By heather | November 10, 2011
On days like today, I’m thankful I have a blog, a space to write without judgement where I can choose to accept comments or not. I have too many opinionated facebook friends and what I feel today can’t be summed up in a paragraph.
I am a third-generation Penn Stater. My grandfather went there. Both my parents went there. My husband, and my sister-in-law and countless other members of my family and close friends all have Penn State in their hearts. Being a Nittany Lion is a huge part of my identity, snuggling on my grandpa’s lap to watch Penn State football and shouting “Beat Pitt!” and “Notre Dame stinks!” before I even knew what rivalry meant. Those were the old school rivals, long before the Big 10.
I always knew I would go to Penn State. I wanted to make my family proud. I wanted the reputation and unquestionable value of Pennsylvania State University on my resume. I never wanted to have to explain where my school was or get blank looks from people when I told them where I earned my degree. I loved the atmosphere on football Saturdays, and being able to meet new people every single day. Penn State shaped my identity as a child and as an adult.
The world I am raising my kids in is a scary place. One thing that remained constant was Penn State being above reproach. We were above scandal, and the idyllic pictures in campus brochures told a true story of what it was like to be a student there.
There are few crimes worse than the one that started this. My heart breaks for those kids, and for every child who experiences any kind of abuse – physical or otherwise. I wonder if there is a person at Second Mile who suspected but kept quiet for fear of losing the money or accusing a respected member of the community, and who is now sick with regret. Our job as adults is too protect our kids, and we failed.
Whatever you think of what Joe Paterno should or should not have done, the fact remains that he truly cared about the students in the football program, not just for what they could bench or how fast they could run, but for shaping them as adults. When my mom was at Penn State, it wasn’t unusual to see Joe in the library with the team making sure they got an education because he knew that only a tiny percentage would make a living playing football. Today, it is the library – not the athletic buildings – that JoePa built.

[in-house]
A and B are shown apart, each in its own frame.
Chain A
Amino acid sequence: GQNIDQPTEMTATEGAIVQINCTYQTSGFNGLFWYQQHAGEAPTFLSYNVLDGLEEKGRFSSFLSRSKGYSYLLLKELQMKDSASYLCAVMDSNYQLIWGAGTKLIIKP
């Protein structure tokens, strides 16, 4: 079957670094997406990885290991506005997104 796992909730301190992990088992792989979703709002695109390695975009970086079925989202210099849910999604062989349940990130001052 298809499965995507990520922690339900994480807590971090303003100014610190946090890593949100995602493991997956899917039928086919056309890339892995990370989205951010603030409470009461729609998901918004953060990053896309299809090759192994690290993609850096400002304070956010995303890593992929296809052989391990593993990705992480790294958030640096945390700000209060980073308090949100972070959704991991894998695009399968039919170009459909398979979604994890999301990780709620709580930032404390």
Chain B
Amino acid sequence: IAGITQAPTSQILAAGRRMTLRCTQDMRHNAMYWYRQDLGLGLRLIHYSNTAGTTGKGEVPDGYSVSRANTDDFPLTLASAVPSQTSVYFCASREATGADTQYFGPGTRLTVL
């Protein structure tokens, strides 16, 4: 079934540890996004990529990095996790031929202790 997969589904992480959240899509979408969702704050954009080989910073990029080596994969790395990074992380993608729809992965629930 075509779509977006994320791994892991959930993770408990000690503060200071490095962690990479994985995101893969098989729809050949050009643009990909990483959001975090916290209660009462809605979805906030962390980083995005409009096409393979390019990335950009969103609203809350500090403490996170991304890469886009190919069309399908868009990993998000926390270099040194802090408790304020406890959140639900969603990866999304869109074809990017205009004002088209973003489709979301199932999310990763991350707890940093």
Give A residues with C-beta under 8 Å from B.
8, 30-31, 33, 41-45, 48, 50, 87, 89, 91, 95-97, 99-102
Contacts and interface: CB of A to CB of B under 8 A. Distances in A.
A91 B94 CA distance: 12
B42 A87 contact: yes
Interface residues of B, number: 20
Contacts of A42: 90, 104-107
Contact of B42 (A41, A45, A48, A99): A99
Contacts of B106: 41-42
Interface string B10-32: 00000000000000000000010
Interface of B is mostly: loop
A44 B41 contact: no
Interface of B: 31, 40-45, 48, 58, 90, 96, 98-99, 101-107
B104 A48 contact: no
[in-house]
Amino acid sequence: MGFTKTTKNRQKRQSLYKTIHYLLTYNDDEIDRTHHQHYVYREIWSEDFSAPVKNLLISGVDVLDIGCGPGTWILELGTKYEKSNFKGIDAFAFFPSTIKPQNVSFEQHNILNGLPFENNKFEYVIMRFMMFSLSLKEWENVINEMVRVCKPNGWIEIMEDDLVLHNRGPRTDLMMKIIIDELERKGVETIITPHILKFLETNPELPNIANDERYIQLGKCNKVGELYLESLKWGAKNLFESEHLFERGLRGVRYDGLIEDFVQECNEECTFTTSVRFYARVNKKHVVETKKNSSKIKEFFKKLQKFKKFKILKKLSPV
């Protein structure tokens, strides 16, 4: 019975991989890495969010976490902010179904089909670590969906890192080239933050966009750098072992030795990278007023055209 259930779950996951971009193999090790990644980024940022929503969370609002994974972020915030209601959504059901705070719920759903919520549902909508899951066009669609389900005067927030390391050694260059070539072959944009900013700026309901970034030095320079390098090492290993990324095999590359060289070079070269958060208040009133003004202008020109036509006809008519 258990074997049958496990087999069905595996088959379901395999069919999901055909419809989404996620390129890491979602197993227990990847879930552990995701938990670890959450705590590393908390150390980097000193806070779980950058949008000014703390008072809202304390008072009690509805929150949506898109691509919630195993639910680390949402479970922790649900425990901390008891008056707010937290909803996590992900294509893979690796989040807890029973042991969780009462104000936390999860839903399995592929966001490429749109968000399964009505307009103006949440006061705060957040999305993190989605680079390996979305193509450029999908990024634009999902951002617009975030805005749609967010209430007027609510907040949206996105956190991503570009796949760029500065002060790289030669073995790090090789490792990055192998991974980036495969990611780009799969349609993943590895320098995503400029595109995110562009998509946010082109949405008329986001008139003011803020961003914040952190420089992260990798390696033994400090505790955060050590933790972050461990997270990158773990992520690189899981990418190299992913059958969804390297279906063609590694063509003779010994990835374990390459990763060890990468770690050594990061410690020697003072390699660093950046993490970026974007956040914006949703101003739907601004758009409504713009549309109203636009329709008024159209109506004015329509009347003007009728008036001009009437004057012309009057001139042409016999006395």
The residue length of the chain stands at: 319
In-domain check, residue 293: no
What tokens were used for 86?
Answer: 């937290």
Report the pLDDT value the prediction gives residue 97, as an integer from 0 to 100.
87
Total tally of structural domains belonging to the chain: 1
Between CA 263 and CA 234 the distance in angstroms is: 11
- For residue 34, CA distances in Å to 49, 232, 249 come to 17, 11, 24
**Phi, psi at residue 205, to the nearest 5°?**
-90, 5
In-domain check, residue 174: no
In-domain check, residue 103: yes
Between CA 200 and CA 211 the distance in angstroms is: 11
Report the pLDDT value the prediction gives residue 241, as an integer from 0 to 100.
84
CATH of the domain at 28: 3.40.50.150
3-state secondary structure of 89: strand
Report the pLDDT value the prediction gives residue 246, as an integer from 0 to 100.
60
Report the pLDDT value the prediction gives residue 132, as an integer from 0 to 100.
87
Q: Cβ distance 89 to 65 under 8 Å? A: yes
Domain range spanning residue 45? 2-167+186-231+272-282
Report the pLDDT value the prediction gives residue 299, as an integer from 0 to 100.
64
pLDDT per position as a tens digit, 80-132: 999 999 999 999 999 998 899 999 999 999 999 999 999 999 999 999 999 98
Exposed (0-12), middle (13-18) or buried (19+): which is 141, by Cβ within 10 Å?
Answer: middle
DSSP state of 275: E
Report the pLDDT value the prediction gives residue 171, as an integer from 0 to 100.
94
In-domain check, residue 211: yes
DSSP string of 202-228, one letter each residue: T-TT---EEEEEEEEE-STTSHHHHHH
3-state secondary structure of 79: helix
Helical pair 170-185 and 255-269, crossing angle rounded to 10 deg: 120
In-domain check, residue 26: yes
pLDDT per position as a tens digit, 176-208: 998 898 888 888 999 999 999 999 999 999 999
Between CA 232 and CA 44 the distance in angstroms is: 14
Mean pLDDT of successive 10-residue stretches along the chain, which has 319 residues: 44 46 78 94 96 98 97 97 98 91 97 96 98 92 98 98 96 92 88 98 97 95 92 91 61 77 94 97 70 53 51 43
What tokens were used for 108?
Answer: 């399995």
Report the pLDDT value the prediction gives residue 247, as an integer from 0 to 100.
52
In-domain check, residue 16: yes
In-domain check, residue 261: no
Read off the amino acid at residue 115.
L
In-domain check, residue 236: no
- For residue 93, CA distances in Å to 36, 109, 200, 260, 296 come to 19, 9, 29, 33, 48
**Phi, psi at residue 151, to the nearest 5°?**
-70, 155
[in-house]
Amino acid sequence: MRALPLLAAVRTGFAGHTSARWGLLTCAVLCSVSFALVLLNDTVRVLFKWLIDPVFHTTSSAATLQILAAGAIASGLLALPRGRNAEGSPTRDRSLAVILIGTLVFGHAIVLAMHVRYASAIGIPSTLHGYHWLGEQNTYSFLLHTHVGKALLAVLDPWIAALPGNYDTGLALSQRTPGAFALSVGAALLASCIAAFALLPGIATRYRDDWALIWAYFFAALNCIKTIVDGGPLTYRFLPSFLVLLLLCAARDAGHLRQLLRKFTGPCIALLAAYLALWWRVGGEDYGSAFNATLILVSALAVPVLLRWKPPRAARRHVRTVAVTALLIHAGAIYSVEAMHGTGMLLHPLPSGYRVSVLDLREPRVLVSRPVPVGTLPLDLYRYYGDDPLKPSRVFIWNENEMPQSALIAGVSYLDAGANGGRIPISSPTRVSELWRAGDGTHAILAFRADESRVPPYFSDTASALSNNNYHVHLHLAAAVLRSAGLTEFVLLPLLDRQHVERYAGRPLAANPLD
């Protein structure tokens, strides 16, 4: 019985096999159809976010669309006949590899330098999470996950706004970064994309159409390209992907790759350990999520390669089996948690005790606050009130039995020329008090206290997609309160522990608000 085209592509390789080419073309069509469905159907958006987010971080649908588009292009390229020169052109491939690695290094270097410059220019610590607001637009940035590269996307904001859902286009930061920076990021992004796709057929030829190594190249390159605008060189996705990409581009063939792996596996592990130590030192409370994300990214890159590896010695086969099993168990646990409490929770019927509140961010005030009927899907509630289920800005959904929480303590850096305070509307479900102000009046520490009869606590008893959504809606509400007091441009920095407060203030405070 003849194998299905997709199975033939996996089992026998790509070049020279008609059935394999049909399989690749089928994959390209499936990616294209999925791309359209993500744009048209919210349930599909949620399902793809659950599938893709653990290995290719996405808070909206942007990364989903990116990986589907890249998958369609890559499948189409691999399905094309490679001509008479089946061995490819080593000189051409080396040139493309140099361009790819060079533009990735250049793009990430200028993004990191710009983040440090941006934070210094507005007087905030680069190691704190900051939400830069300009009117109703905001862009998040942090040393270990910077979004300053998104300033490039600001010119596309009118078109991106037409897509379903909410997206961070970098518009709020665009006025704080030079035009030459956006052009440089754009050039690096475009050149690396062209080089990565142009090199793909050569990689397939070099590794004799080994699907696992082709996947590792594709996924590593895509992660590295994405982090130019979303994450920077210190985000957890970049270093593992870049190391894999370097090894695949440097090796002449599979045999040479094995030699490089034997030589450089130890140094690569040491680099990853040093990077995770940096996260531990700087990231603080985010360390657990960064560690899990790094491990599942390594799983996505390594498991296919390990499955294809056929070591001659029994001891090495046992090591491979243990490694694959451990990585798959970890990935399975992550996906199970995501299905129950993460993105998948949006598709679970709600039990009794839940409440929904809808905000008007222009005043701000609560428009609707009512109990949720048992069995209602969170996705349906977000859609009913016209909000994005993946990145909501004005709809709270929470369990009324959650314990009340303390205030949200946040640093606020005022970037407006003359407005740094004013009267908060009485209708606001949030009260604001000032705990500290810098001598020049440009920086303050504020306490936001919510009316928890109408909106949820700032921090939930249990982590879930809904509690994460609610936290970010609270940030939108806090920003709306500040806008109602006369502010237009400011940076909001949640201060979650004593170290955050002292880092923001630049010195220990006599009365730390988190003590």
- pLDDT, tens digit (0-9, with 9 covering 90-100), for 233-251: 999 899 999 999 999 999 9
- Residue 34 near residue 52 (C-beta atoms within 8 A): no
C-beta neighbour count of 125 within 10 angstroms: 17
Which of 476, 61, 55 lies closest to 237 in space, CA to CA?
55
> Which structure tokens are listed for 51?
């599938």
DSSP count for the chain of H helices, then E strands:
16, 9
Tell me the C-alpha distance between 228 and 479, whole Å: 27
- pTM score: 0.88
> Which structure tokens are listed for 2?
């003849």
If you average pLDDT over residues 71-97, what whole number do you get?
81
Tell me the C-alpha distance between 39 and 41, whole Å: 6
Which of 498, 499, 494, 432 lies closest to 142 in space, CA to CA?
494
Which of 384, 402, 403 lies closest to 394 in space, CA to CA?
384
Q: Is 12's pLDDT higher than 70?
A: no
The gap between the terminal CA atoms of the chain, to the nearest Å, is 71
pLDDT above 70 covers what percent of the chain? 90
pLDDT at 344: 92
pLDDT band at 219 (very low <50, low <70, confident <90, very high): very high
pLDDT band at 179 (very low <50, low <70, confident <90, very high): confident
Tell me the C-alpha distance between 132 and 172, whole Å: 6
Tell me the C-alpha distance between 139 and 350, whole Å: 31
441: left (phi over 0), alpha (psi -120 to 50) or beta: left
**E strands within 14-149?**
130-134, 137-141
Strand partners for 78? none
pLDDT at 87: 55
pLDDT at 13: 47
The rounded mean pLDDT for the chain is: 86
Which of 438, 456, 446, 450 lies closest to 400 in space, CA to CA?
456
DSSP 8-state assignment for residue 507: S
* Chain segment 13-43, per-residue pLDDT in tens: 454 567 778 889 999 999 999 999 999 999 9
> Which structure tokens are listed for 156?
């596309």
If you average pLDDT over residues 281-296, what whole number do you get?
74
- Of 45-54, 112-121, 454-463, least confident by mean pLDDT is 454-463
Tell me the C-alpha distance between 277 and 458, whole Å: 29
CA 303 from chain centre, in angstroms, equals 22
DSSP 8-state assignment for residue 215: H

We as individuals and as a society DON’T ALWAYS DO THE RIGHT THING. For fear we are wrong, for fear of making waves or losing friends, we worry about what others will think and we too often give others the benefit of the doubt when they don’t deserve it. What hurts so much for Penn Staters is weighing all the good that Penn State, and Second Mile, and the Paternos, and the football institution have done for so many people against the horrific events that started it all. There is no winner, only victims. And there are lots of people for whom Penn State is such a huge part of their identity that now they don’t know how or what to feel. Except sadness, confusion, and loss.
The impact of this week to the University and the community that surrounds it will be enormous. Already, high school seniors who have committed to play at Penn State are reneging. Alumni and donors who give millions of dollars every year are questioning whether they will do so next year. The University is trying to assert that it is about more than football. While this is true, the fact is that with an organization like this football and academics are as closely intertwined as DNA. Sadly, this week’s game will be a media frenzy, not because the team has worked hard and deserves attention but because of scandal. Under the glare of television cameras, the school is trying desperately to please everyone and it cannot be done.
If there is anything we can take away from this, if there is anything we can do as Nittany Lions to heal ourselves, it is to resolve to protect those who cannot protect themselves. It is to committ, however difficult, to getting past the fear of what others will think if we speak up. Get past the idea that it it someone else’s job, or that it’s none of our business. Don’t worry about overstepping invisible boundaries or making a scene. Help those who need it. Have no regrets.
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